- World excluding USA & Canada
- Psych / Garage
- Catalogue Id:
- VMD 6541
The Frost were a tight four-piece band from Saginaw, Michigan featuring Dick Wagner on lead guitar, Don Hartman on rhythm guitar and harmonica, Gordy Garris on bass and occasional piano and Bob Rigg on drums, with both guitarists contributing lead and backing vocals. Working in the latter half of the sixties, they became a key part of the emerging Detroit rock scene alongside the likes of Iggy & the Stooges and the MC5. They very much reflected the way that rock music had become heavier and more aggressive in the wake of the electrification of the blues and the emerging strength of English blues bands. This was a new macho style of blue collar rock that found a ready audience in the inner city Detroit environs, with Chicago blues roots often being at the heart of the music, most notably here with the nearly eight-minute ‘Donny's Blues’.
The Frost had first emerged with a couple of Vanguard singles in 1967/8 as Dick Wagner and the Frosts and a first album “Frost Music” in 1969. This seven-track second album followed hard on the heels of the first, and features a mix of studio and live tracks. The first six also appeared on three singles the same year, so it was evident that Vanguard was trying to pull out all the plugs to break the band. The title track is a pure in-your-face slab of hard rock, and very much a statement of intent, which makes it a trifle incongruous that the following track, ‘Sweet Lady Love’, is more straight-forward Doobie Brothers-styled boogie rock and then ‘Linda’ is so much softer and gentler by comparison. They did at least immediately show their versatility and musicality with these two, but as the album progresses with ‘Black Train’, ‘Help Me Baby’ and the afore-mentioned ‘Donny's Blues’ it becomes increasingly obvious that the band's heart lay in playing loud and rousing the assembled rabbles. Things culminate with a twelve-minute live version of Mann/Weil's ‘We Gotta Get Out Of This Place’ which is certainly constructed to be a exciting crowd-pleaser. Built initially on the well-known bass riff, hard rock vocals drive it on to then bring in various instrumental sections including an extended drum break. It certainly raised the crowd's temperature at Detroit's Grande Ballroom.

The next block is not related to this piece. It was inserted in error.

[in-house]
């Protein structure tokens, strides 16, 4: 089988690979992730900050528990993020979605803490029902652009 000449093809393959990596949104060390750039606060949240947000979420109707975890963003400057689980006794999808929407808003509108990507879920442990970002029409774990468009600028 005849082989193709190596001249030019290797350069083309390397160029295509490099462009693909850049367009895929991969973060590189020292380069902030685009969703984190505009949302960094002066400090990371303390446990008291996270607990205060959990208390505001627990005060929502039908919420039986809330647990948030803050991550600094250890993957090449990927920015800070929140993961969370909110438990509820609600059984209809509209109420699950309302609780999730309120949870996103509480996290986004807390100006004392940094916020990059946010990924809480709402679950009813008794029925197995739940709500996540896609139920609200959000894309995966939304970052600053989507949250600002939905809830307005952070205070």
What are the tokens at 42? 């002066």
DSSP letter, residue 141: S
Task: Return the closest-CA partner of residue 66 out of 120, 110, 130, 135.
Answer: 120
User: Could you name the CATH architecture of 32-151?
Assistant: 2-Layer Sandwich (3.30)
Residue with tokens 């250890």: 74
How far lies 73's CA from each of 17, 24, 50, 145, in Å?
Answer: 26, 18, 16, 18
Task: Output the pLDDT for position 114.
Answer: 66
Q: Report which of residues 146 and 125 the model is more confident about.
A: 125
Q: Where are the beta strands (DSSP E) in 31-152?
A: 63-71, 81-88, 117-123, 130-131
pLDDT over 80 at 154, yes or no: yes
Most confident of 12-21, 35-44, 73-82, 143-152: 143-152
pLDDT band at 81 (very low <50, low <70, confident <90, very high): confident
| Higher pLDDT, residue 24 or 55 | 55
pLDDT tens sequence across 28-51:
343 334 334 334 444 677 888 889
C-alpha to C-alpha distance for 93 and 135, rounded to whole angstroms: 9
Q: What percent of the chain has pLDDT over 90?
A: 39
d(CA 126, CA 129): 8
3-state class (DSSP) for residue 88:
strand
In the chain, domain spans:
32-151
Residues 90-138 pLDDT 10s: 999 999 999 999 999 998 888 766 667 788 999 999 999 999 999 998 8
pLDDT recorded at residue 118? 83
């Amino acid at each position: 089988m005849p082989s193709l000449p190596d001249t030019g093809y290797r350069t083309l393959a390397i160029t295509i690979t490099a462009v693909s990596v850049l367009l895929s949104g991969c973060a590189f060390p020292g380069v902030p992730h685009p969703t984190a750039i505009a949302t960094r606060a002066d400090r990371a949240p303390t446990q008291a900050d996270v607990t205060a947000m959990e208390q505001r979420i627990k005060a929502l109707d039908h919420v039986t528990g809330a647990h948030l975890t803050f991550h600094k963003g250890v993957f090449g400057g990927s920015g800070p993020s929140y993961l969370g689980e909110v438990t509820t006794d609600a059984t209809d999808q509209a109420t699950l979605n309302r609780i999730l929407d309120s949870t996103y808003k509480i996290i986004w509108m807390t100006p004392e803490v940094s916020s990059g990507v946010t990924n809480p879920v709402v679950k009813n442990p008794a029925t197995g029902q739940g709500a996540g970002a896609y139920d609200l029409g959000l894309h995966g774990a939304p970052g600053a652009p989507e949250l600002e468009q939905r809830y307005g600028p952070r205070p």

This album was followed by a third album, “Through The Eyes Of Love”, the following year, soon after which the band disbanded. Dick Wagner went on to play with some big names including Lou Reed and Alice Cooper, but he has rejoined his Frost colleagues Hartman and Rigg for reunions on several occasions. Though one of the very top acts in the Detroit area, the Frost never achieved the national heights of other similar rock acts like Bob Seger, Grand Funk Railroad or Ted Nugent, but on the stirring evidence of their albums they were more than a force to be reckoned with.